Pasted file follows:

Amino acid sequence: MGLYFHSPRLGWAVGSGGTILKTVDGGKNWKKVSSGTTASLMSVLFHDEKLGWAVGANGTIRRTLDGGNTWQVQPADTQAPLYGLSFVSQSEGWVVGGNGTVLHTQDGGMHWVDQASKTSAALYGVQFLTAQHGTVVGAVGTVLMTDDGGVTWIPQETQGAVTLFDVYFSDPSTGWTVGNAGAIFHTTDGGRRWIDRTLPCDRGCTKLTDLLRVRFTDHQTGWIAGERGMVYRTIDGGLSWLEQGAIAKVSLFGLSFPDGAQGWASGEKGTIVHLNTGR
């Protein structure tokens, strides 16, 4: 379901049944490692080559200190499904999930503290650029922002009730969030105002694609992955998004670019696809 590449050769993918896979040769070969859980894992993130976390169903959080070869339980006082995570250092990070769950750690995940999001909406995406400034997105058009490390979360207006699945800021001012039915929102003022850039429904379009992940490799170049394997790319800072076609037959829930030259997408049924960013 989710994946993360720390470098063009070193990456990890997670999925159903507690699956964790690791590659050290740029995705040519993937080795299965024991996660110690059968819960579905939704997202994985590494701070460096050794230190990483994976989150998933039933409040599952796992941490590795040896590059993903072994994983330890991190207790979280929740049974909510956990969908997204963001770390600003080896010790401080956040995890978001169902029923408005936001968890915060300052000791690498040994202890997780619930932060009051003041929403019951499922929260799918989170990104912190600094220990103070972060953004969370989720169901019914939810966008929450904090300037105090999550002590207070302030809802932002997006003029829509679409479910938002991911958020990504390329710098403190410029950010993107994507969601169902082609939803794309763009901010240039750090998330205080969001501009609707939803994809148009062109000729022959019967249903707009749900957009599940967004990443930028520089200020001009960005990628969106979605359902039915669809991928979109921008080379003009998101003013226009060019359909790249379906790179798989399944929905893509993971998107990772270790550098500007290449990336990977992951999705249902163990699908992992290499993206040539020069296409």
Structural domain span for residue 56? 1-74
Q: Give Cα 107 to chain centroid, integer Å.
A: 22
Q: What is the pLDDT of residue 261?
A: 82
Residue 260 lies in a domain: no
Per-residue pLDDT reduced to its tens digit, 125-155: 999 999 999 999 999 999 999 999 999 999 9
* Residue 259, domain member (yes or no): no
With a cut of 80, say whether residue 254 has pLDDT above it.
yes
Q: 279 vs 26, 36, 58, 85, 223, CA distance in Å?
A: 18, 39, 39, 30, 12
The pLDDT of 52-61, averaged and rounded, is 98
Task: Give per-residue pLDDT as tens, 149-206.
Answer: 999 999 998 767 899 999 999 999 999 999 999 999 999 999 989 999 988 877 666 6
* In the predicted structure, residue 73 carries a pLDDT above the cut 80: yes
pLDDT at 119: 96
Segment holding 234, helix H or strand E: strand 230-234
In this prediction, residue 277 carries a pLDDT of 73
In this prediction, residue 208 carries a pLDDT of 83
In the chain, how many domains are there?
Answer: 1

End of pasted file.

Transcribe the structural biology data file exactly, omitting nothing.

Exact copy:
Amino acid sequence: MGLYFHSPRLGWAVGSGGTILKTVDGGKNWKKVSSGTTASLMSVLFHDEKLGWAVGANGTIRRTLDGGNTWQVQPADTQAPLYGLSFVSQSEGWVVGGNGTVLHTQDGGMHWVDQASKTSAALYGVQFLTAQHGTVVGAVGTVLMTDDGGVTWIPQETQGAVTLFDVYFSDPSTGWTVGNAGAIFHTTDGGRRWIDRTLPCDRGCTKLTDLLRVRFTDHQTGWIAGERGMVYRTIDGGLSWLEQGAIAKVSLFGLSFPDGAQGWASGEKGTIVHLNTGR
């Protein structure tokens, strides 16, 4: 379901049944490692080559200190499904999930503290650029922002009730969030105002694609992955998004670019696809 590449050769993918896979040769070969859980894992993130976390169903959080070869339980006082995570250092990070769950750690995940999001909406995406400034997105058009490390979360207006699945800021001012039915929102003022850039429904379009992940490799170049394997790319800072076609037959829930030259997408049924960013 989710994946993360720390470098063009070193990456990890997670999925159903507690699956964790690791590659050290740029995705040519993937080795299965024991996660110690059968819960579905939704997202994985590494701070460096050794230190990483994976989150998933039933409040599952796992941490590795040896590059993903072994994983330890991190207790979280929740049974909510956990969908997204963001770390600003080896010790401080956040995890978001169902029923408005936001968890915060300052000791690498040994202890997780619930932060009051003041929403019951499922929260799918989170990104912190600094220990103070972060953004969370989720169901019914939810966008929450904090300037105090999550002590207070302030809802932002997006003029829509679409479910938002991911958020990504390329710098403190410029950010993107994507969601169902082609939803794309763009901010240039750090998330205080969001501009609707939803994809148009062109000729022959019967249903707009749900957009599940967004990443930028520089200020001009960005990628969106979605359902039915669809991928979109921008080379003009998101003013226009060019359909790249379906790179798989399944929905893509993971998107990772270790550098500007290449990336990977992951999705249902163990699908992992290499993206040539020069296409």
Structural domain span for residue 56? 1-74
Q: Give Cα 107 to chain centroid, integer Å.
A: 22
Q: What is the pLDDT of residue 261?
A: 82
Residue 260 lies in a domain: no
Per-residue pLDDT reduced to its tens digit, 125-155: 999 999 999 999 999 999 999 999 999 999 9
* Residue 259, domain member (yes or no): no
With a cut of 80, say whether residue 254 has pLDDT above it.
yes
Q: 279 vs 26, 36, 58, 85, 223, CA distance in Å?
A: 18, 39, 39, 30, 12
The pLDDT of 52-61, averaged and rounded, is 98
Task: Give per-residue pLDDT as tens, 149-206.
Answer: 999 999 998 767 899 999 999 999 999 999 999 999 999 999 989 999 988 877 666 6
* In the predicted structure, residue 73 carries a pLDDT above the cut 80: yes
pLDDT at 119: 96
Segment holding 234, helix H or strand E: strand 230-234
In this prediction, residue 277 carries a pLDDT of 73
In this prediction, residue 208 carries a pLDDT of 83
In the chain, how many domains are there?
Answer: 1